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Marion, Walter and the Endangered Emerald Green Snail






The Incinerator Art Award,
October 17 – November 30, 2014
Incinerator Gallery, Melbourne

Download the Invite (pdf)



Marion, Walter and the Endangered Emerald Green Snail
July 2014
Plaster, white cement and moss
10 x 45 x 45cm (each)

Lake Burley Griffin is the centrepiece of Walter Burley Griffin and Marion Mahoney’s design of Canberra. It was a central part of my childhood and I experienced the vision become a reality as the city’s soul and its trees grew. Alongside the Lake are sites where decisions are made - the ones that float in our consciousness. I consider what and who is overlooked. I research Manus Island and learn that it has a beautiful and brilliantly-coloured endangered emerald green snail. I find myself connecting the colour of the snail with moss carpeting over the cracks in in my local footpaths. How do we bring the overlooked, the disappeared and the endangered to consciousness? The work uses negative spaces of the Lake and those of Manus, Christmas and Nauru Islands. Some are filled with moss , soil from the Lake’s shore and other natural materials.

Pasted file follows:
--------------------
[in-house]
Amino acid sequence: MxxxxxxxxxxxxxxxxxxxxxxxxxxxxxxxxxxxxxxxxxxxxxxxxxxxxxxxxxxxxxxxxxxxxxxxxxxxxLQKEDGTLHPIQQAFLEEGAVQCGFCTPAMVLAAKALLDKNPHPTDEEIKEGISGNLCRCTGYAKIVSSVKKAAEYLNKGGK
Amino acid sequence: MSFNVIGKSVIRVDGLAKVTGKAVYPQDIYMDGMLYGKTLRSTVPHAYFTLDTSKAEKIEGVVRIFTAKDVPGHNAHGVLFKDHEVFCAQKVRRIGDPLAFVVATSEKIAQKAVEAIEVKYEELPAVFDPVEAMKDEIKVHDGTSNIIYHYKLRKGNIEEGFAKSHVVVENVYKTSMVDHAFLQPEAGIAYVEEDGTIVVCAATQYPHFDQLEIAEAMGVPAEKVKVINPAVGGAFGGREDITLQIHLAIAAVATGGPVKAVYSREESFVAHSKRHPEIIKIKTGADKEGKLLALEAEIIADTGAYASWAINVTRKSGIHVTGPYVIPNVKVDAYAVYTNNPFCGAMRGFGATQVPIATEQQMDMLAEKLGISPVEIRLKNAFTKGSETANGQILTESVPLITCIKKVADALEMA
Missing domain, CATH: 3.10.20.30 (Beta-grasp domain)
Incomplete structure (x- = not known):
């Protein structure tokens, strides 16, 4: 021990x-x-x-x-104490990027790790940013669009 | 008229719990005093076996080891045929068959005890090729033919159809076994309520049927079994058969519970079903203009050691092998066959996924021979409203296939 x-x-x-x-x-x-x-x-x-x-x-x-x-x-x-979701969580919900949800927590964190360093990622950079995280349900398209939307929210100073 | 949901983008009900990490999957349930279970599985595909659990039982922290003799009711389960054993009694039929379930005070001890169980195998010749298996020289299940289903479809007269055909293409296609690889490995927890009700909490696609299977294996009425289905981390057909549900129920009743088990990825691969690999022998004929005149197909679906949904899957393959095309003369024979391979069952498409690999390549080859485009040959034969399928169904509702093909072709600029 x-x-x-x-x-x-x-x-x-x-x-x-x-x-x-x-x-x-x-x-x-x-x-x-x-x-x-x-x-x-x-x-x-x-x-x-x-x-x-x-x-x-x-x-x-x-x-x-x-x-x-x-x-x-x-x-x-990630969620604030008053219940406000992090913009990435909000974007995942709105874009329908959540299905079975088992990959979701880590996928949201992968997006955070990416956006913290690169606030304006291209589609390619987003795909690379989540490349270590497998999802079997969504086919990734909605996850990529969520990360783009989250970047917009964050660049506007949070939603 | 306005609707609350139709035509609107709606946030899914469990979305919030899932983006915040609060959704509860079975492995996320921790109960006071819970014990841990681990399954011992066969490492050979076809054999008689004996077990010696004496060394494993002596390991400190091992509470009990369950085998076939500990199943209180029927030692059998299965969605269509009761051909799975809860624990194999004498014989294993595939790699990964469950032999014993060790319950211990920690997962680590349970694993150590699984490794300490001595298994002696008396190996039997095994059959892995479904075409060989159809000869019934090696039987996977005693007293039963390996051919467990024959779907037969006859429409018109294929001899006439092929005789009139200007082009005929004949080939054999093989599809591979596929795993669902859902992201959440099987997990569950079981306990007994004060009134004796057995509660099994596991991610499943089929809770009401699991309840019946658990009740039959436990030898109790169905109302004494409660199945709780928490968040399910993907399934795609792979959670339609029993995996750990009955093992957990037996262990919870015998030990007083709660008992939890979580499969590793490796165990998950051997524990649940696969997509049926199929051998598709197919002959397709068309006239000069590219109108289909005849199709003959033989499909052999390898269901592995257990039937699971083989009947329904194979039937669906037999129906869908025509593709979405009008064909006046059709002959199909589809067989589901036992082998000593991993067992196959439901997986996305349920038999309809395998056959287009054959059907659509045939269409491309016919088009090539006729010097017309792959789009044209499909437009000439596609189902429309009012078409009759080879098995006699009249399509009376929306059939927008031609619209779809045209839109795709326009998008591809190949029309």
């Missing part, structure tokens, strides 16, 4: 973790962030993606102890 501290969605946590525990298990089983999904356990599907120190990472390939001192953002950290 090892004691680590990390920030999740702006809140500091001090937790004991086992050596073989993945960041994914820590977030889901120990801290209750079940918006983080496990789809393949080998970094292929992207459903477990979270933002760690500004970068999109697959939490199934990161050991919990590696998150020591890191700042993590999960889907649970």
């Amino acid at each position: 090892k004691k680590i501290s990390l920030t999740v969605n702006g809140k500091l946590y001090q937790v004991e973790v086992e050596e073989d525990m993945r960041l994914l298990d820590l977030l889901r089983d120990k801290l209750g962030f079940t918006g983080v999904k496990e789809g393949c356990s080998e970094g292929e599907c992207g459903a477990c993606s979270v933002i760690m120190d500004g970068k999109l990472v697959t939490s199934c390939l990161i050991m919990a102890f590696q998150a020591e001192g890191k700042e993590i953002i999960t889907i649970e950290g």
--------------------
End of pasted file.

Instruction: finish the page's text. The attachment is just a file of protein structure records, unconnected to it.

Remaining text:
Nicola McClelland grew up not far from Lake Burley Griffin in Canberra.

This work considers the natural setting of the lake, its plants and animals and the philosophical ideals that were part of its creation. She contrasts this with the ideologies behind the decisions and policies that come from the Houses of Parliament and department buildings perched on the shores of Lake Burley Griffin.

It is a study of the oppositions between nature and culture. The Lake Burley Griffin precinct is where the natural world and political policies co-exist in and uneasy relationship.

In Marion, Walter and the Emerald Green Snail the brilliantly-coloured and critically endangered Emerald Green Snail of Manus Island is used to illustrated fragile life being further threatened by uncaring policies.

McClelland highlights the disconnect between power and policies with the quiet and often unseen wilderness. The passive and defenceless nature of the snail is related to the plight of the unseen asylum seekers who are kept out of sight on islands surrounding the mainland.

Richard Ennis ( curator of the Incinerator Art Award 2014)